Even if arms deliveries from locations of German corporations outside Germany are not taken into account, in the first half of 2019 the German government approved exports worth more than one billion euros to countries that are waging war in Yemen. For example, permits for the export of war equipment worth more than EUR 800 million to Egypt have been approved. In addition, war equipment worth more than 200 million euros may be sold to the United Arab Emirates, according to permits issued by the Federal Government since 1 January. Emirati troops are using German weapons in their fighting in Yemen, as a recent research group in German media showed. In addition, German armaments delivered to the Emirates are used in the war in Libya.


The ranking of recipients of German arms exports in the first half of 2019, which was announced yesterday, confirms once again that German arms manufacturers are benefiting massively from the implementation of NATO’s 2 percent target. This was already evident in 2017, when Lithuania ranked third among the buyers of German war equipment; At the time, the German government approved the purchase of armoured vehicles worth around half a billion euros - 1.17 percent of Lithuania’s gross domestic product at the time. So far this year, Hungary has ranked number one among German arms companies; the German government allowed deliveries of war equipment worth 1.76 billion euros - 1.33 percent of Hungary’s gross domestic product. Last year, Hungary ordered 44 Leopard 2A7+ battle tanks and 24 2000 armored howitzers from Krauss-Maffei Wegmann. As in the case of Lithuania, the purchases accompany the intensification of military cooperation: while the Bundeswehr is working ever more closely with the country’s armed forces as part of its deployment in Rukla, Lithuania, it is currently building together with Hungarian troops. a binational transport company, which is to be operational from 2023.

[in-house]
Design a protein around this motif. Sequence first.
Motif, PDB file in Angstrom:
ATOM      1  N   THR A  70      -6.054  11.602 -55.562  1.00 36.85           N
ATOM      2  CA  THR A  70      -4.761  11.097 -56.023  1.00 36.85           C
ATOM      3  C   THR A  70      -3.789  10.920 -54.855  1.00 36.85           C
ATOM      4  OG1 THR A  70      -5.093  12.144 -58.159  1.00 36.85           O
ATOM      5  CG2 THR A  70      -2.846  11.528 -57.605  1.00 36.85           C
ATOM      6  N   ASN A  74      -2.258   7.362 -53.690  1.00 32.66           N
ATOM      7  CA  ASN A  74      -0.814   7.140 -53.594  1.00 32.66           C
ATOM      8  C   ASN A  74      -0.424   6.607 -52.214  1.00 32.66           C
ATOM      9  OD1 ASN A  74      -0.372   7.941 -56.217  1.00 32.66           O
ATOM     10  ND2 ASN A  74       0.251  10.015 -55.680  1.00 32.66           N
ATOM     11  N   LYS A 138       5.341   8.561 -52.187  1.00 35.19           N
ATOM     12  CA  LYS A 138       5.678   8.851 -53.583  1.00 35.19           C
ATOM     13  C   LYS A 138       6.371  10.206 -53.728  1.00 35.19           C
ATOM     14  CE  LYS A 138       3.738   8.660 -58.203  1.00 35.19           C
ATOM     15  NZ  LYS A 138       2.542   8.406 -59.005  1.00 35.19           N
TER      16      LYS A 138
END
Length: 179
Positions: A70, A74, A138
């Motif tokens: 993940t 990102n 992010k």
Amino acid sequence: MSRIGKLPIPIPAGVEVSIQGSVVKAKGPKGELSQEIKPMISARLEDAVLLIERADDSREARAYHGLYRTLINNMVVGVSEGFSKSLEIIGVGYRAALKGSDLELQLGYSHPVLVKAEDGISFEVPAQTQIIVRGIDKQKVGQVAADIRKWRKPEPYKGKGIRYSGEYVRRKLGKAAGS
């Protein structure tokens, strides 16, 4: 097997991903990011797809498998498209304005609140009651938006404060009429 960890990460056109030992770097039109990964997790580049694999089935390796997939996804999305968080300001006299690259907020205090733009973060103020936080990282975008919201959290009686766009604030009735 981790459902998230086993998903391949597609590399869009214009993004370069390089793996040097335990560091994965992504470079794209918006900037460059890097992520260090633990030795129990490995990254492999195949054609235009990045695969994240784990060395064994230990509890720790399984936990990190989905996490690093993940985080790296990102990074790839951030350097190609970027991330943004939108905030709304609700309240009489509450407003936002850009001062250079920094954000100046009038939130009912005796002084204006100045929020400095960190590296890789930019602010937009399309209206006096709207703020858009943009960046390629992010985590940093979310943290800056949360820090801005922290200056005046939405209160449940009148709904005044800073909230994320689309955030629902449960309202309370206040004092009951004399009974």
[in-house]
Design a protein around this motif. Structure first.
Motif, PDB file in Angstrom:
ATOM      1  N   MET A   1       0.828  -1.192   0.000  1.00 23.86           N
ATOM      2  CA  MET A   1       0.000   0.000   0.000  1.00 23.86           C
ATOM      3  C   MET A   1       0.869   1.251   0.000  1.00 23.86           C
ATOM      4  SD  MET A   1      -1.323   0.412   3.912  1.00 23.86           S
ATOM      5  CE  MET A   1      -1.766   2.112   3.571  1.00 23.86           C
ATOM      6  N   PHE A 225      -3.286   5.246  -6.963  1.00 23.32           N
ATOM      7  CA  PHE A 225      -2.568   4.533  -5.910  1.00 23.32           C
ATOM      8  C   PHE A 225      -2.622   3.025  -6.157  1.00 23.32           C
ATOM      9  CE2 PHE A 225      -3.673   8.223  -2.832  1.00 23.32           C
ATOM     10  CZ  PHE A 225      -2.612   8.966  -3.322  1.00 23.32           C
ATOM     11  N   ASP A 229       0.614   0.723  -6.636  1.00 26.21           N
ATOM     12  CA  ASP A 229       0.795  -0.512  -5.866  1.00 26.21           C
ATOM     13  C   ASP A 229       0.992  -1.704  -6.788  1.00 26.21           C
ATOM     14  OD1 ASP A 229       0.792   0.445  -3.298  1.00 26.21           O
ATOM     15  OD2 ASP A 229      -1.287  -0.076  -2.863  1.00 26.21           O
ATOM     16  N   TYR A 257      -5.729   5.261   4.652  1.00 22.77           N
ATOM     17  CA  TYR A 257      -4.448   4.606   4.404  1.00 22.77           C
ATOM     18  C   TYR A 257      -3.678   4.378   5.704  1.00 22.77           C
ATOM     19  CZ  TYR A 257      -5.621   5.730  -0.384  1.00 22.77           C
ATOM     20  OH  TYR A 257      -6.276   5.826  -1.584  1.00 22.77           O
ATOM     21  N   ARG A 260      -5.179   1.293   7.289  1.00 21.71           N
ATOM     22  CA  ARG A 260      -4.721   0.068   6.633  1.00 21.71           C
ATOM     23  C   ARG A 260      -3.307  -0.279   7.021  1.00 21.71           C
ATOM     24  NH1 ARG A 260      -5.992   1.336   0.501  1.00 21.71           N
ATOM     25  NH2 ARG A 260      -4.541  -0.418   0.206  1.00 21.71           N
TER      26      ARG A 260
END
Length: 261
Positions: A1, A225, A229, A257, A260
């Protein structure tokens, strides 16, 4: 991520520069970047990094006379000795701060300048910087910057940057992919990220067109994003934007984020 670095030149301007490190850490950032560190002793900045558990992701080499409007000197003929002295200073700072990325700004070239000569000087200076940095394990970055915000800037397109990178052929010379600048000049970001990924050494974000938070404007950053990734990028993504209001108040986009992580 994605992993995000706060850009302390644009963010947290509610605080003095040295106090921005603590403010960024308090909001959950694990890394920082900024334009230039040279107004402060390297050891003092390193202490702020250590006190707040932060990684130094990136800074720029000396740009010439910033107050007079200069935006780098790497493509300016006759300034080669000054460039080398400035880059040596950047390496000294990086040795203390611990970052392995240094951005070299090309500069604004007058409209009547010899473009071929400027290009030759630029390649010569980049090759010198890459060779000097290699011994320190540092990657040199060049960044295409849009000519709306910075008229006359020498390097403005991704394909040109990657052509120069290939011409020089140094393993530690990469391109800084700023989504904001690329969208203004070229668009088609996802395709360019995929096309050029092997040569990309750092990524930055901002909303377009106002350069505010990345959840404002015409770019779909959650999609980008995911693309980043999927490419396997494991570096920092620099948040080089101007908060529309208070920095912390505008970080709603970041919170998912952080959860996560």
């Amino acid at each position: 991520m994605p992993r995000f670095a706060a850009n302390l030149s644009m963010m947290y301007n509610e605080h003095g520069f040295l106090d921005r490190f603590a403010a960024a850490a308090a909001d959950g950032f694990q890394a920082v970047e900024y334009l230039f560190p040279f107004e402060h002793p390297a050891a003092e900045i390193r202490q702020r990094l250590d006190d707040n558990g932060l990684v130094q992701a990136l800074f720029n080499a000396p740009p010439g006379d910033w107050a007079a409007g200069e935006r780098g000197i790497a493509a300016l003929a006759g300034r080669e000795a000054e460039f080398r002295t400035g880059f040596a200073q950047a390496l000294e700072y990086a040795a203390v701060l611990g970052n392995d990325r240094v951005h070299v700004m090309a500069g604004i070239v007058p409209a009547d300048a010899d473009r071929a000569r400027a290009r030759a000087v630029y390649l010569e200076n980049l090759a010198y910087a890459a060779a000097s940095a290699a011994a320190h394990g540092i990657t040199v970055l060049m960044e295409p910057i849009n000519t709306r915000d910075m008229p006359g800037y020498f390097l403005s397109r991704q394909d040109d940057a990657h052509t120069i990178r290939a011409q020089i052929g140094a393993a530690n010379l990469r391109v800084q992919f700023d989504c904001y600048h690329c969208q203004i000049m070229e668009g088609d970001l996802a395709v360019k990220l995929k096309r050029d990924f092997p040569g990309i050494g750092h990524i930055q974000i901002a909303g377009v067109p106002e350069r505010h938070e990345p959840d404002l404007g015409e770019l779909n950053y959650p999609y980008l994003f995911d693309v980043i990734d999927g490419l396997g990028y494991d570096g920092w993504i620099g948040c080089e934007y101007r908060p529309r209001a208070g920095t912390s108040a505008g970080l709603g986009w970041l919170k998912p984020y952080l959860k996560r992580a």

© Chappatte in NZZ am Sonntag, Zürich

Again the road to Rome

The latest figures refute the Grand Coalition’s recurring claim that it is committed to a restrictive arms export policy. Only recently, the Federal Government had tried to back up this claim with new regulations. Thus, a recast of the political principles for German arms exports states: “The export of small arms to third countries should in principle no longer be authorised”. “Third countries” refers to states outside the EU and NATO, as well as a small group of officially equal countries to NATO. In fact, permits for the export of small arms to third countries have been systematically reduced since 2013, when they accounted for more than 50 percent of Germany’s total small arms exports, with a value of more than 42 million euros, and in 2018 they were only 400,000 Euro. At the same time, however, the supply of small arms customers in third countries via locations outside the Federal Republic is increasing. For example, Heckler & Koch has been expanding its firearms factory in Columbus for two years. Initially, production is only to be carried out for the USA, but exports are not excluded. Firearms manufacturer Sig Sauer handled 90 percent of the company’s sales through a subsidiary in Newport in 2016. In April 2015, his U.S. plant received a permit to export firearms to Mexico worth USD 265 million; permission is valid until 2024. At the beginning of 2017, the managing director of the company had already stated: “We have determined in the company that in the future we will concentrate on the German market, Europe, NATO states and NATO-equal states.” This corresponds to the new regulation of the Federal government. Other exports are no longer made from the German location, but from the sister company in the United States. They do not appear in the statistics of the Federal Government either.

Victims of the Iguala massacre outside the courthouse in Stuttgart before the Heckler&Koch trial (DW/B. Knight)